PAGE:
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Iran Invites Haniyeh for Official Visit

Tehran has moved to end the thaw in its relations with Hamas as Ismail Haniyeh travels to Arab capitals to forge new alliances.
By Gabe Kahn.
First Publish: 1/25/2012, 11:51 AM

The Hamas terror organization's terror chief Ismail Haniyeh has received an official invitation from President Mahmoud Ahmadinejad to visit Iran.

Hamas spokesman Tahir al-Nunu told reporters in Gaza on Tuesday that Ahmadinejad sent Haniyeh a letter congratulating him on the anniversary of Hamas' bloody 2007 putsch in Gaza and inviting him to visit Tehran.

Amid reports that Hamas politburo chief Khaled Mashaal will likely step down, Haniyeh is regarded as Mashaal's most-likely successor. Iran's invitation comes despite tensions between Hamas and Tehran over the terror organizations vocal support of anti-regime protesters in Syria.

Tehran, which counts the regime of Syrian President Bashar al-Assad as a key ally in its regional axis of power, seriously reduced donations to the Hamas government in Gaza in pique. In the wake of cut Hamas, has also found itself embroiled in a running feud with Shiite competitors in Gaza.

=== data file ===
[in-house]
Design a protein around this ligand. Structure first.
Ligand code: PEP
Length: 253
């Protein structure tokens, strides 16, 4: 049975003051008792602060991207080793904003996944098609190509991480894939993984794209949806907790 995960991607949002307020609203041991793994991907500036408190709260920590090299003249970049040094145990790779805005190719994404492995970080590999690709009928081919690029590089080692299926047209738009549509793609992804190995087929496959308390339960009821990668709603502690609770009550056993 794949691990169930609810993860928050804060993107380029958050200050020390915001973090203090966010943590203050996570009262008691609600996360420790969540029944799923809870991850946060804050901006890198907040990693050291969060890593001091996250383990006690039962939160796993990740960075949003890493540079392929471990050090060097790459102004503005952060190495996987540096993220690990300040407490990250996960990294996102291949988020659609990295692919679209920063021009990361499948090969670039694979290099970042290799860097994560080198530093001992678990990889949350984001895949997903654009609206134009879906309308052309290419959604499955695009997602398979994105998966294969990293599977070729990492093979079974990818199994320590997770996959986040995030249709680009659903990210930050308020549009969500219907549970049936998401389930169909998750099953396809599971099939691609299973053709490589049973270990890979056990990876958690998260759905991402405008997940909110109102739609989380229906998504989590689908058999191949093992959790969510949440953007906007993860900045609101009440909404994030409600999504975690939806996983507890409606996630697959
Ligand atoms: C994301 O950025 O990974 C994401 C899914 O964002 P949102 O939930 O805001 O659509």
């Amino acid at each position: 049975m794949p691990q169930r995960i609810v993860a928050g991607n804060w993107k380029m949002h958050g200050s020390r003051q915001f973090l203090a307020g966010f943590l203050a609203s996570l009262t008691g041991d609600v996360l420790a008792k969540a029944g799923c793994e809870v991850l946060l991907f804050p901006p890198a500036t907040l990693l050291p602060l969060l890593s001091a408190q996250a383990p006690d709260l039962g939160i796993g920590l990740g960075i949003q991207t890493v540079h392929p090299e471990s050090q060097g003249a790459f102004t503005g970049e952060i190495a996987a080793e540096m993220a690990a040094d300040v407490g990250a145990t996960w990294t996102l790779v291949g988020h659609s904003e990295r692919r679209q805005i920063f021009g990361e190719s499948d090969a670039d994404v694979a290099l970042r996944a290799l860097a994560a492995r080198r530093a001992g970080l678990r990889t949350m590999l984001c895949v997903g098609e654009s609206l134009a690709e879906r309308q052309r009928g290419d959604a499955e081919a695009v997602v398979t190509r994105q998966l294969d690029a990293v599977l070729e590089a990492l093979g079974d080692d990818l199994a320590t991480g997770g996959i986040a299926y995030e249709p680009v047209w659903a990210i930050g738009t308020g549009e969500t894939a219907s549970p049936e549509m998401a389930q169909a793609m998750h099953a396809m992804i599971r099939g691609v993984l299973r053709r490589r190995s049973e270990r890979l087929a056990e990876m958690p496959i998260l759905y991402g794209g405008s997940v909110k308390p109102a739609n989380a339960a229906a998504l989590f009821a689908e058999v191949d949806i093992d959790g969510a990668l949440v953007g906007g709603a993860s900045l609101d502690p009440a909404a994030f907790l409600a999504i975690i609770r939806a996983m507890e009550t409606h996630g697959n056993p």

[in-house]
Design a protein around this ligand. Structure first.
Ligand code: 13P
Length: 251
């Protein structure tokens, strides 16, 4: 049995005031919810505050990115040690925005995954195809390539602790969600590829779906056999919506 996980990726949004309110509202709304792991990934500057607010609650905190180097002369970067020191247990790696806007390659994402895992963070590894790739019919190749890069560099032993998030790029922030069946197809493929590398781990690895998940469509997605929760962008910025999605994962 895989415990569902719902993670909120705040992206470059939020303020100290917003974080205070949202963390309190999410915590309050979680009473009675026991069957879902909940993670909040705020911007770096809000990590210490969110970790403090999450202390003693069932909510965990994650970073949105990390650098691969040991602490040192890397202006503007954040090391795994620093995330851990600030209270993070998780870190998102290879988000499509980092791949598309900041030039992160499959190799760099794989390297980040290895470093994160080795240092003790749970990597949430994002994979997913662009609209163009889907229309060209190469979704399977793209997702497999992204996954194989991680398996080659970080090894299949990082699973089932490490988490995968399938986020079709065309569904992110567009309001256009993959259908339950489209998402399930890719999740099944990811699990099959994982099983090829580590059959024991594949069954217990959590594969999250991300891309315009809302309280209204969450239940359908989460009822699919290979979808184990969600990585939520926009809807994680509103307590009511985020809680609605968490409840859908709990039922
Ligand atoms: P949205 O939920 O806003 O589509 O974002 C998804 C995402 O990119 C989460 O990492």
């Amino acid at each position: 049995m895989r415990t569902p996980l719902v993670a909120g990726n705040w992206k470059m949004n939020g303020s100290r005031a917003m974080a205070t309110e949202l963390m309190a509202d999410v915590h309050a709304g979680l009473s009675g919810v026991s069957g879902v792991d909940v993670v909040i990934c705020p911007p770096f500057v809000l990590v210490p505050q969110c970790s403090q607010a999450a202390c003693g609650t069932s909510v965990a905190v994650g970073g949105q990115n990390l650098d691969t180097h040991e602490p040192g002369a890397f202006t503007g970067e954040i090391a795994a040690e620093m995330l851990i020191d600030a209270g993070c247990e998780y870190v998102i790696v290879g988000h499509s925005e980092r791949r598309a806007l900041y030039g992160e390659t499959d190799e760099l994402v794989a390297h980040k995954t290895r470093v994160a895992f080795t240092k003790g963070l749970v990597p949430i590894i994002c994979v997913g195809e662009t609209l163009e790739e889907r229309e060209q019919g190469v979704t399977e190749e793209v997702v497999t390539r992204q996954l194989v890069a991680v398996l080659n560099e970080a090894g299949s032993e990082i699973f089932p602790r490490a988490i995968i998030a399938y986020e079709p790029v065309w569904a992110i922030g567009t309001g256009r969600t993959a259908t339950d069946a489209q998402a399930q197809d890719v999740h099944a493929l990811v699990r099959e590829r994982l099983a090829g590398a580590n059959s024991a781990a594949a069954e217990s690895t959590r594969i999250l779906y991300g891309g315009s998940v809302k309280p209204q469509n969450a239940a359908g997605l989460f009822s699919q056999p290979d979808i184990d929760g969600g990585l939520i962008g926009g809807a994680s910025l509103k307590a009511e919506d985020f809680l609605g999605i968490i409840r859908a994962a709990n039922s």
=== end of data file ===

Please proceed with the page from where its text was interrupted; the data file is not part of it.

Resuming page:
Hamas has moved to shut down foreign-funded Shiite outreach centers in Gaza in recent months, and has had a series of simmering confrontations with Shiite terror competitors, including Hizbullah.

Hizbullah has been a staunch proponent of the Assad regime and has been widely accused of sending fighters to aid in quashing protests in the country – a charge Hizbullah denies.

The itinerary for Haniyeh's trip includes Egypt, Tunisia, Morocco, Turkey, Sudan, Bahrain, and Qatar before it ends. In each, he has sought to cement opposition to Israel and gain financial backing for Hamas' fiscally struggling Gaza administration.

Ahmadinejad's invitation, sent during Haniyeh's first trip outside Gaza to visit Arab leaders since 2007, is said by analysts to be a gesture intended to end the thaw between Hamas and Tehran and solidify Iranian ties with ascendant Islamist parties in the region.

Some Arab analysts suggest Tehran wants to avoid Hamas' forging stronger ties with rival Gulf Arab states, such as Bahrain and Qatar, who are a part of a greater push by Saudi Arabia to block Iran's attempts to gain total hegemony over the Persian Gulf and beyond.